“Better still, the largest institutions will have to publicly report their ownership in Coinbase, giving new credibility to cryptocurrency as the largest institutional investors disclose holdings in the company.”
Meanwhile, “if Coinbase’s price skyrockets as expected when it begins trading, many investors may choose to invest in Bitcoin or Ethereum, rather than buying shares in Coinbase.”
In short, a rising tide would lift all crypto boats. “For people still on the fence about crypto investments,” says James, “a small purchase before the Coinbase offering could pay off remarkably.”
“Oh my heavens, where do I begin with Mr. ‘Arguments Against Vaccine Passports Are Stupid’ in Thursday’s 5?” reads an entry in a still-stuffed mailbag.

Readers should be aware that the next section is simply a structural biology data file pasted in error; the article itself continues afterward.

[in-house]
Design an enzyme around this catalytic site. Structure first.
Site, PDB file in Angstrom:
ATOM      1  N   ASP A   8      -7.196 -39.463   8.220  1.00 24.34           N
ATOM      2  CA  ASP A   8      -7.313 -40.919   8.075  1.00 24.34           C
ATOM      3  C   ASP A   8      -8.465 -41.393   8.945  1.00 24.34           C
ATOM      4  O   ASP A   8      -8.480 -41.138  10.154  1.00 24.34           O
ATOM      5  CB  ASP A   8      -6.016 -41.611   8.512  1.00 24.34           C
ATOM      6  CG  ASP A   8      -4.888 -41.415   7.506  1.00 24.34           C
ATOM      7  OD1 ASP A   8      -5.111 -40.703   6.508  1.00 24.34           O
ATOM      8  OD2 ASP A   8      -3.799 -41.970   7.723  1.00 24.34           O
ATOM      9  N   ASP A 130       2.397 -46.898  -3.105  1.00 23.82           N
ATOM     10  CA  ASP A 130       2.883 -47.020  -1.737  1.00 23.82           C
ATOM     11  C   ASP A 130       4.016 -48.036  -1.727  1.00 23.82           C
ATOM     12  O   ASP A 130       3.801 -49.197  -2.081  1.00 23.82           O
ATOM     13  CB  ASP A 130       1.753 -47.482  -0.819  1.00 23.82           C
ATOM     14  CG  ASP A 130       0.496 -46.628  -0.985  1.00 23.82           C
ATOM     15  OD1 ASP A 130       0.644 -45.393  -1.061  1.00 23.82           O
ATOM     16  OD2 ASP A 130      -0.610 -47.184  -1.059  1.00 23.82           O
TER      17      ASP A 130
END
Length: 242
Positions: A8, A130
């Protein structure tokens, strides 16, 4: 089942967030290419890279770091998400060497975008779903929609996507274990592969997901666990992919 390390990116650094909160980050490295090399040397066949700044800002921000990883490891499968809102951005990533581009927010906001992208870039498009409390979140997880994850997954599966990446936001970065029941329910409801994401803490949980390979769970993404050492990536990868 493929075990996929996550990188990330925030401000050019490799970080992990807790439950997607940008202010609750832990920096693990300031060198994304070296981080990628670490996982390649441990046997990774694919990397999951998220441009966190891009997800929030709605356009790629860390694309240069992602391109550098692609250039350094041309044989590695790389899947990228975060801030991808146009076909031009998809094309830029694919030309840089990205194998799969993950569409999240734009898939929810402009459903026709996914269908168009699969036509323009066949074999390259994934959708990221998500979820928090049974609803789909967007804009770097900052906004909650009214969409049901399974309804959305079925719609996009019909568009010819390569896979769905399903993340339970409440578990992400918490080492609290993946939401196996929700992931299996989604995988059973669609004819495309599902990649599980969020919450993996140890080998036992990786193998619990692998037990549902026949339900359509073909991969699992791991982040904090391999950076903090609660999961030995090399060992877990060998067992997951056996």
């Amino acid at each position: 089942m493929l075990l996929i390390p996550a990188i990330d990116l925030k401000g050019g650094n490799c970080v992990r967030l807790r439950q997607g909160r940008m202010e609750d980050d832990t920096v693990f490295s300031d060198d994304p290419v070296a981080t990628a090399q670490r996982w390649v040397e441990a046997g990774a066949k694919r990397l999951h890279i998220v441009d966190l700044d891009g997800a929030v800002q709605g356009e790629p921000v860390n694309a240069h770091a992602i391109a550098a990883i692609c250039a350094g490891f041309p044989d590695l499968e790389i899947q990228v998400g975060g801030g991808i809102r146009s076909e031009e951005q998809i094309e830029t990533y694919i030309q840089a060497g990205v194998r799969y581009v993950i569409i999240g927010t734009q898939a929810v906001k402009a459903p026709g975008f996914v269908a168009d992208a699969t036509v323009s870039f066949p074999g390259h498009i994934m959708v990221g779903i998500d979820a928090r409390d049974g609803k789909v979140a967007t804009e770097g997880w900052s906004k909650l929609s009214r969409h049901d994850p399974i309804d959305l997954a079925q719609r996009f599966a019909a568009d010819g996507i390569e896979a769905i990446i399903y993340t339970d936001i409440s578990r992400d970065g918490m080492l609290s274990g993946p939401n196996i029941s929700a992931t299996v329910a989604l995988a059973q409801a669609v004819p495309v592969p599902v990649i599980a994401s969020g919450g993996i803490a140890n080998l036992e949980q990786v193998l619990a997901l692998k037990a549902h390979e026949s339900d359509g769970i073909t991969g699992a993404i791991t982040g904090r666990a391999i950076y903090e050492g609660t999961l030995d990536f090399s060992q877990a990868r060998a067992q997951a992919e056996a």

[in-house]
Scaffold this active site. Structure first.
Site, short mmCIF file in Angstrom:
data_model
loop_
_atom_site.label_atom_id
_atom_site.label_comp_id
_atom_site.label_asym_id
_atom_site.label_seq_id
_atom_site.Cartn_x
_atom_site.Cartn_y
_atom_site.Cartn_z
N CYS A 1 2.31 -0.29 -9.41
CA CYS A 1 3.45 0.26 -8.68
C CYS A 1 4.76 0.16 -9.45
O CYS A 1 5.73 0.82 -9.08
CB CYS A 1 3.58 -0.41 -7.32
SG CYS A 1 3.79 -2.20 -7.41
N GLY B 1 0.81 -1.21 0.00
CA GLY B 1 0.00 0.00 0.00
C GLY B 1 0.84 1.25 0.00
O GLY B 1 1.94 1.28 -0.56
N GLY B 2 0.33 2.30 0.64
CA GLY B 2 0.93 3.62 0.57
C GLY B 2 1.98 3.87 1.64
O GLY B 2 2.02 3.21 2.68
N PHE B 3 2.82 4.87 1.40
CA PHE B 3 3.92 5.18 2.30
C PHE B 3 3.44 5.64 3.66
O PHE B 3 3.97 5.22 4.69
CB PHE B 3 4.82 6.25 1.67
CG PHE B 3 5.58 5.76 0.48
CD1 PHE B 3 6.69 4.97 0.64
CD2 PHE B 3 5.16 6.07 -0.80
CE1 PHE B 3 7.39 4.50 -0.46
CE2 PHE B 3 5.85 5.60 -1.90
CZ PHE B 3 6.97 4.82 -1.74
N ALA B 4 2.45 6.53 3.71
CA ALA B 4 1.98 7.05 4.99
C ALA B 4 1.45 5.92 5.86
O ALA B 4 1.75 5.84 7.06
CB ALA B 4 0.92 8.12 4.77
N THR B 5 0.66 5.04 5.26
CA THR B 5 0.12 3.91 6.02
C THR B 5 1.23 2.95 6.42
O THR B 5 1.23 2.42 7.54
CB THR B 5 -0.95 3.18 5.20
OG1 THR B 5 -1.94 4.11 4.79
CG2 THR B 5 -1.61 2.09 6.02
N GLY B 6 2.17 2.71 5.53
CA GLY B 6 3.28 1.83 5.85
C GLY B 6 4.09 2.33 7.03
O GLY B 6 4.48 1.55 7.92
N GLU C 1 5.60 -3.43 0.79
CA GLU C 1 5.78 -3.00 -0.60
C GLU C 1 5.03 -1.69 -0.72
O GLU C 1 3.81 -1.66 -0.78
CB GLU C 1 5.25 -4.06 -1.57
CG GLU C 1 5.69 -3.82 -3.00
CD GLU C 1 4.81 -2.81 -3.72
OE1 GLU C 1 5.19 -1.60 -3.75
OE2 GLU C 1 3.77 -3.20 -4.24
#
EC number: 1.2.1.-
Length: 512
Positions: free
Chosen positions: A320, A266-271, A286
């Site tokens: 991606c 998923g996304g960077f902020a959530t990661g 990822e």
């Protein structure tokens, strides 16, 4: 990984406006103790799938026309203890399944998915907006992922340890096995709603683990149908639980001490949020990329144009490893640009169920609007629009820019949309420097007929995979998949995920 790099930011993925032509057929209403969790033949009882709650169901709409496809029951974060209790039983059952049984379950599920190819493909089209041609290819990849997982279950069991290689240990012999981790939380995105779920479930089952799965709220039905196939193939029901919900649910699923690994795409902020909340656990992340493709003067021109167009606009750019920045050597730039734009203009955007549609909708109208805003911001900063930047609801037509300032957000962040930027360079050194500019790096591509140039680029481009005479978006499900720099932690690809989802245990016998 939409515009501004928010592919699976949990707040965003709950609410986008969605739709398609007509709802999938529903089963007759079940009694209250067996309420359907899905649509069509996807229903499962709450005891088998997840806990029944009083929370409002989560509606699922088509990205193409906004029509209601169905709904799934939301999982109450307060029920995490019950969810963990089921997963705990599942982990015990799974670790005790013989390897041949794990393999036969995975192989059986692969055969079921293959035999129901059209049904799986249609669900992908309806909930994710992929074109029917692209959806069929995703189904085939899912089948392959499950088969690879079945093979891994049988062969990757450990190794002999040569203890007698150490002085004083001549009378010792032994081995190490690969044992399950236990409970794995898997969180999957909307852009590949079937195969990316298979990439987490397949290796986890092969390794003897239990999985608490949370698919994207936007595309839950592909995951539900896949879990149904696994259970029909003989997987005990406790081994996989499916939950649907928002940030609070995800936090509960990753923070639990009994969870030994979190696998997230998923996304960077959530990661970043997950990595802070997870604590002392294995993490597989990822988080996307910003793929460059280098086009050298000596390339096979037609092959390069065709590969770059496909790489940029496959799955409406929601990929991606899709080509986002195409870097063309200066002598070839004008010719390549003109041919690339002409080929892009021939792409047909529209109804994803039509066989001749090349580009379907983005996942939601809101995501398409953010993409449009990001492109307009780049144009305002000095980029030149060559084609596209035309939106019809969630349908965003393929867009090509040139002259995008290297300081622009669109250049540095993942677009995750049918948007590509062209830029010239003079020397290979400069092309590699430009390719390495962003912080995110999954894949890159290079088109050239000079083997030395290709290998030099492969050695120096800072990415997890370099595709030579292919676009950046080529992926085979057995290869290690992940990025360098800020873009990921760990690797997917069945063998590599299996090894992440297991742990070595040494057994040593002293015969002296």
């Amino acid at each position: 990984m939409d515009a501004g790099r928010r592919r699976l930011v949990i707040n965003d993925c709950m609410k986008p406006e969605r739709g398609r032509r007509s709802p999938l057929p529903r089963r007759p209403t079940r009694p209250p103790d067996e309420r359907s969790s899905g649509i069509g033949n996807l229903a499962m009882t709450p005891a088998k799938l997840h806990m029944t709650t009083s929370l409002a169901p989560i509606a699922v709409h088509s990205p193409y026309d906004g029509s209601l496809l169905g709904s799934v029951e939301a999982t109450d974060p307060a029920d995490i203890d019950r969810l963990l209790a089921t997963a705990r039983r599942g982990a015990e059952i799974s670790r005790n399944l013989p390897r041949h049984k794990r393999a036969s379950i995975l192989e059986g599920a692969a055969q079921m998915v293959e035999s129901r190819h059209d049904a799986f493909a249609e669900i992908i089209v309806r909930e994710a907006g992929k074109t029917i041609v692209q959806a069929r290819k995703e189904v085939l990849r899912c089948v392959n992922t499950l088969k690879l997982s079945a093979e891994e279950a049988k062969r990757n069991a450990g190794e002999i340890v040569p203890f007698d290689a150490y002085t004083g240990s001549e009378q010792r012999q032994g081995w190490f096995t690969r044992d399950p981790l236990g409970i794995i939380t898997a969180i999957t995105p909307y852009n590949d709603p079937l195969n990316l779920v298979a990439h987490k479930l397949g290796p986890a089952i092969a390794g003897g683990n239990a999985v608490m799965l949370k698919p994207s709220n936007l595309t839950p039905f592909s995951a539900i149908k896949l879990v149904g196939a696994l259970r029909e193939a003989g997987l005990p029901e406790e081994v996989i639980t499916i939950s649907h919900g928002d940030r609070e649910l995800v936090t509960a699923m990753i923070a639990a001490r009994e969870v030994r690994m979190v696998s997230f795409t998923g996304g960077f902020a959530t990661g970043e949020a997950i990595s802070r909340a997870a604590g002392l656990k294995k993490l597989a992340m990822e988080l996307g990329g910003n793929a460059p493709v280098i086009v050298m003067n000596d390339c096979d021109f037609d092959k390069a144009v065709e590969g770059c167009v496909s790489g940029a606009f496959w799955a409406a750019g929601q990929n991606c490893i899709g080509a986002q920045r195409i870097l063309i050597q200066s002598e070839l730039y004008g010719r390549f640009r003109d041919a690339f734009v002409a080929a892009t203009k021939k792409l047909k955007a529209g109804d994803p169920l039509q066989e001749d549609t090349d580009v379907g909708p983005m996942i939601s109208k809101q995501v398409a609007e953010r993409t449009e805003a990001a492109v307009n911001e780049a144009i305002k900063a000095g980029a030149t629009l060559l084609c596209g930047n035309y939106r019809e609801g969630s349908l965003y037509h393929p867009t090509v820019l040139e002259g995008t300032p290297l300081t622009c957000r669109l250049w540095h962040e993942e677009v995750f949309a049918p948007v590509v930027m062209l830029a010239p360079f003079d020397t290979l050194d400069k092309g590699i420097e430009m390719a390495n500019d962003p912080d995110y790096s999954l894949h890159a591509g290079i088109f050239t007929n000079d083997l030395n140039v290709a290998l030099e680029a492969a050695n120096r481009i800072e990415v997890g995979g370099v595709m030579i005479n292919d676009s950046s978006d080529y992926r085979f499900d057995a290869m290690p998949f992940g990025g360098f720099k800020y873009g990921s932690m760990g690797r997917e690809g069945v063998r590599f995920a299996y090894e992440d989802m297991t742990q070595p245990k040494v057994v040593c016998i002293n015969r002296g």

“How do you point out to someone that they’ve literally missed the entire point?
“The point is not that ‘vaccine passports’ are stupid. The point is that to GET a ‘vaccine passport,’ you have to be vaccinated! Some of us will not be getting the ‘vaccine,’ and thus we can never obtain a ‘vaccine passport.’ Then what? Society will ban me from participating in certain activities because I haven’t taken some unapproved ‘vaccine’?
“Talk about the ultimate infringement of personal freedom. Telling me I must put some unapproved ‘vaccination’ into my body when I choose not to is beyond belief. Who is anyone to tell me what I must put into my body?
“We are not even in the same universe as an identification card with your birthdate. IDs simply state your name and age, something that has nothing to do with what you put into your body. They are a reliable way to recognize that you haven’t lived long enough to partake in some of society’s more dangerous activities (driving, drinking, smoking, voting, etc….)